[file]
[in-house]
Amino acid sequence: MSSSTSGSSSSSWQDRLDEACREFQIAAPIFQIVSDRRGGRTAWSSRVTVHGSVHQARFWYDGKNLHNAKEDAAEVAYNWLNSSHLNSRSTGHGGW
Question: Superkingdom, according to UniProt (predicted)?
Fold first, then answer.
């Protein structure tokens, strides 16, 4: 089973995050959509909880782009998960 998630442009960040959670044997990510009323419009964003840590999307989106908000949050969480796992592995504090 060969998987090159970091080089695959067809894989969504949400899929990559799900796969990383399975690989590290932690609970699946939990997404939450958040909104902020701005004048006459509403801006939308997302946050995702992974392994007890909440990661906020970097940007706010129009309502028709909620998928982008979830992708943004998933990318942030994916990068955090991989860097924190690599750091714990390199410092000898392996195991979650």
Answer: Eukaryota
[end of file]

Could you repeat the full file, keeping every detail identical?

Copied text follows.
[in-house]
Amino acid sequence: MSSSTSGSSSSSWQDRLDEACREFQIAAPIFQIVSDRRGGRTAWSSRVTVHGSVHQARFWYDGKNLHNAKEDAAEVAYNWLNSSHLNSRSTGHGGW
Question: Superkingdom, according to UniProt (predicted)?
Fold first, then answer.
């Protein structure tokens, strides 16, 4: 089973995050959509909880782009998960 998630442009960040959670044997990510009323419009964003840590999307989106908000949050969480796992592995504090 060969998987090159970091080089695959067809894989969504949400899929990559799900796969990383399975690989590290932690609970699946939990997404939450958040909104902020701005004048006459509403801006939308997302946050995702992974392994007890909440990661906020970097940007706010129009309502028709909620998928982008979830992708943004998933990318942030994916990068955090991989860097924190690599750091714990390199410092000898392996195991979650």
Answer: Eukaryota